Battery Terminal Connector Replacement Made Easy

by Don Elliott on July 27, 2012

Problems with a car battery can be frustrating, expensive and inconvenient. Replacing a battery is not a difficult job for anyone with a little mechanical ability. Any automotive service shop, big box automotive department, or Batteries Plus outlet will test your battery for little or no cost on the hope that they will be able to sell you a battery.

What if it’s not the battery causing the problem? A visual inspection might indicate that the connector at the end of the battery cable where it is attached to the battery has corroded or broken preventing the flow of electric power. It would seem to be a simple job to replace the connector to the batteries positive (+) or negative (-) terminals.

There are two problems with replacing the terminal connectors yourself. First, it is necessary to cut the battery cable far enough from the existing connector to find good clean wire. Replacing the connector at the end of the cable requires a crimping tool, readily available in most auto technician’s toolbox, but not usually available for the do-it-yourself home mechanic. Second, there may not be enough cable to reconnect to the battery terminal after a few inches are cut off.

Car repair shops know about Quick Cable Ends. Quick Cable Ends, available in most auto parts stores, add six inches to the battery cable and provide for replacement with a few common tools. To replace a corroded or broken battery cable connector, tools required include a cable cutter, a cable stripper or box knife, a ½” wrench and a Vice Grip tool. Also required is whatever sized wrench needed to remove the connector from the battery terminal.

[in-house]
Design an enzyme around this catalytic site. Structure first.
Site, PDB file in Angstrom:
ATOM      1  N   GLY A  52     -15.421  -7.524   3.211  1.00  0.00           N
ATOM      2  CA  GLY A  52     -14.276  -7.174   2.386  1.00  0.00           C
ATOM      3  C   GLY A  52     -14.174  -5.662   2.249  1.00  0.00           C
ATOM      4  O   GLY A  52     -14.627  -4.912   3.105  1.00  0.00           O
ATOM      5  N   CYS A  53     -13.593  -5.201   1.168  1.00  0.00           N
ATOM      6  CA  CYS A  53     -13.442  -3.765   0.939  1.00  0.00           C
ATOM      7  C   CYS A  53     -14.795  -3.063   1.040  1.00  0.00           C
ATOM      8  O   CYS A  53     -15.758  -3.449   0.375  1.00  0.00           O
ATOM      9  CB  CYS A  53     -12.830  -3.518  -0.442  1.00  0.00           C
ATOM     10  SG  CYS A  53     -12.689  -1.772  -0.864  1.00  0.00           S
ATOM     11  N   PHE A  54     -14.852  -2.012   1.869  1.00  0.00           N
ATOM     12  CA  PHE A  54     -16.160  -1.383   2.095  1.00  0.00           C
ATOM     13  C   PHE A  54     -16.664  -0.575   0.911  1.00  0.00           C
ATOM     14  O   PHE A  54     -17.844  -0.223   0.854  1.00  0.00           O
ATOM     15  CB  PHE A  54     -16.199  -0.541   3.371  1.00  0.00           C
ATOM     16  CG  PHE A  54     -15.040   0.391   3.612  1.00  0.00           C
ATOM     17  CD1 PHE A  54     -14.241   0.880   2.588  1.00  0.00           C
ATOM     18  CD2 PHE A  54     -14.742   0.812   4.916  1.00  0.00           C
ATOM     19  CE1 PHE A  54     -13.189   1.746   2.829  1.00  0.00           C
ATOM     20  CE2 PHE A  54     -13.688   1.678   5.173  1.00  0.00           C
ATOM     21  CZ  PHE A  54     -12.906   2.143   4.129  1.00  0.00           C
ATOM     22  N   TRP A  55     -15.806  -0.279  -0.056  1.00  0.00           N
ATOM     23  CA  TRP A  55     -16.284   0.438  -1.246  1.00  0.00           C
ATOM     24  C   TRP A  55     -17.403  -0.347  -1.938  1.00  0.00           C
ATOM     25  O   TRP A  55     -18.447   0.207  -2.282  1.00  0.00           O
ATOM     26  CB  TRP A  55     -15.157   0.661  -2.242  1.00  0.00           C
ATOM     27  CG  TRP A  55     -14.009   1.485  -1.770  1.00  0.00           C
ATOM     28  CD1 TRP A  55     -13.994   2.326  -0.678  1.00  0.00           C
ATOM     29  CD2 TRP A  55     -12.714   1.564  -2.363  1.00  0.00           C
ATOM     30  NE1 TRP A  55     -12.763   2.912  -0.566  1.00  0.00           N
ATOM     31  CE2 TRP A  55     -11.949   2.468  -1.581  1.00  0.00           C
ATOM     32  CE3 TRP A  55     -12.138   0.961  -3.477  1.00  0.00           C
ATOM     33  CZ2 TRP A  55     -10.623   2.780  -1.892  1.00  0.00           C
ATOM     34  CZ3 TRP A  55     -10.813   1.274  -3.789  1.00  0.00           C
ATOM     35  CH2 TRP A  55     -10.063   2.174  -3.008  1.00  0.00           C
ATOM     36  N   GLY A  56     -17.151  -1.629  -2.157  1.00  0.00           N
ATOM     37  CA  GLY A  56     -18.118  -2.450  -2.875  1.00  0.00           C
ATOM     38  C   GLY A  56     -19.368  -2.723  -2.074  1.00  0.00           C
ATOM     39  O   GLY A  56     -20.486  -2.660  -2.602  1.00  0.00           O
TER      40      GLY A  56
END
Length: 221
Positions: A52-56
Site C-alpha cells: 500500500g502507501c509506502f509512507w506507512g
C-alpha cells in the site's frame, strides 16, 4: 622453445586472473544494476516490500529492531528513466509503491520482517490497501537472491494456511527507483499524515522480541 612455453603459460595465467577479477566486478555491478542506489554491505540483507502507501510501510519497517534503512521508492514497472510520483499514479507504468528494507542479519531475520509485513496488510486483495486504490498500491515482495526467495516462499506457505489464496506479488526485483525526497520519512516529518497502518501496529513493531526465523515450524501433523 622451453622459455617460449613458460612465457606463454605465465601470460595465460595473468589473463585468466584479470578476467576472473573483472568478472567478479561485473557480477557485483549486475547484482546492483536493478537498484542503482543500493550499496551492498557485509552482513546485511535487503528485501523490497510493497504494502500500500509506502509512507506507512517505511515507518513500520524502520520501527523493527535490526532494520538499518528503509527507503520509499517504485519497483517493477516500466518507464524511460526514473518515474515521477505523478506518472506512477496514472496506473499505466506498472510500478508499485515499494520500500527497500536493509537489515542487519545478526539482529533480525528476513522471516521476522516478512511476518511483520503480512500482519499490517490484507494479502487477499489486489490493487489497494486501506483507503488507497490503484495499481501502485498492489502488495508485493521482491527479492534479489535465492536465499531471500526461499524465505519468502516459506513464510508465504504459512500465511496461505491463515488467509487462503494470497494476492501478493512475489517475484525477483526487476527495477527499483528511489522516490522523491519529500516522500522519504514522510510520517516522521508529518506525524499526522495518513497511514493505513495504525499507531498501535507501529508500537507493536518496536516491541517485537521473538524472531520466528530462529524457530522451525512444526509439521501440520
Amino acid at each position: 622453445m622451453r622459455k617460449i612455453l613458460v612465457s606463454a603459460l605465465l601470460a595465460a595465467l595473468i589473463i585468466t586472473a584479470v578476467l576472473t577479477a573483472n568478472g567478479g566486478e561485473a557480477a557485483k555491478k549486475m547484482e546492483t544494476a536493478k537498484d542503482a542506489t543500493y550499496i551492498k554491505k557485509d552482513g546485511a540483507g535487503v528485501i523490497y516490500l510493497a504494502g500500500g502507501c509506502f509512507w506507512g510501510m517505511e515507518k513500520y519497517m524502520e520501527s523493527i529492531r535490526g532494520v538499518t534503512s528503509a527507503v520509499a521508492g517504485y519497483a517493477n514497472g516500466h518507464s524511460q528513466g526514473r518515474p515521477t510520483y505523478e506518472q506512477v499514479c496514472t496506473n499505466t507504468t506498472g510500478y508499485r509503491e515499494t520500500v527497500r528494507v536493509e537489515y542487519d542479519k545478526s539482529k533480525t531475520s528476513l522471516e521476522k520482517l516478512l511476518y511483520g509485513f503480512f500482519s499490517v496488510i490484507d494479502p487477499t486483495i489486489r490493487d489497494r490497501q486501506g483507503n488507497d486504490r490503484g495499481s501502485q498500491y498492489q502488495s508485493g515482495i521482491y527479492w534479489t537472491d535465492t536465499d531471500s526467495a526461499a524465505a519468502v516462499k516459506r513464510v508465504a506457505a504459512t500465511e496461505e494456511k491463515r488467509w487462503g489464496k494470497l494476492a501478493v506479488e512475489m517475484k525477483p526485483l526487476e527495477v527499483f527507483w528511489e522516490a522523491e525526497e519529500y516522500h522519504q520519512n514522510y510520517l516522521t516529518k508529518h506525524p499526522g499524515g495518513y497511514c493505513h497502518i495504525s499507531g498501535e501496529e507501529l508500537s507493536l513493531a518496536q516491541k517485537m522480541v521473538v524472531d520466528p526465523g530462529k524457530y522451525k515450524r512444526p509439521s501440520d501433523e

Quick Cable Ends are available in both top terminal and side terminal configurations typical on most car and light duty truck batteries. The Quick Cable Company manufactures energy storage products for all types of vehicles.

To replace the corroded or broken battery cable connector, remove the battery cable connector from the battery terminal. Cut the cable far enough back from the connector to be in good wire. Strip ¾” of insulation from the cable being careful not to cut any of the wires in the battery cable. Slide the Quick Cable End over the stripped battery cable. Hold the metal flange with the Vice Grip and use the ½” wrench to tighten the clamp. Snap on the protective boot and you are done!

Before reconnecting the repaired battery cable to the battery terminal, apply some corrosion protection to add life to both the battery and the new battery cable connector.

Check out www.quickhowto.com for a video demonstration on battery cable connector replacement using the Quick Cable End product.

 

Google+ Comments

Previous post:

Next post: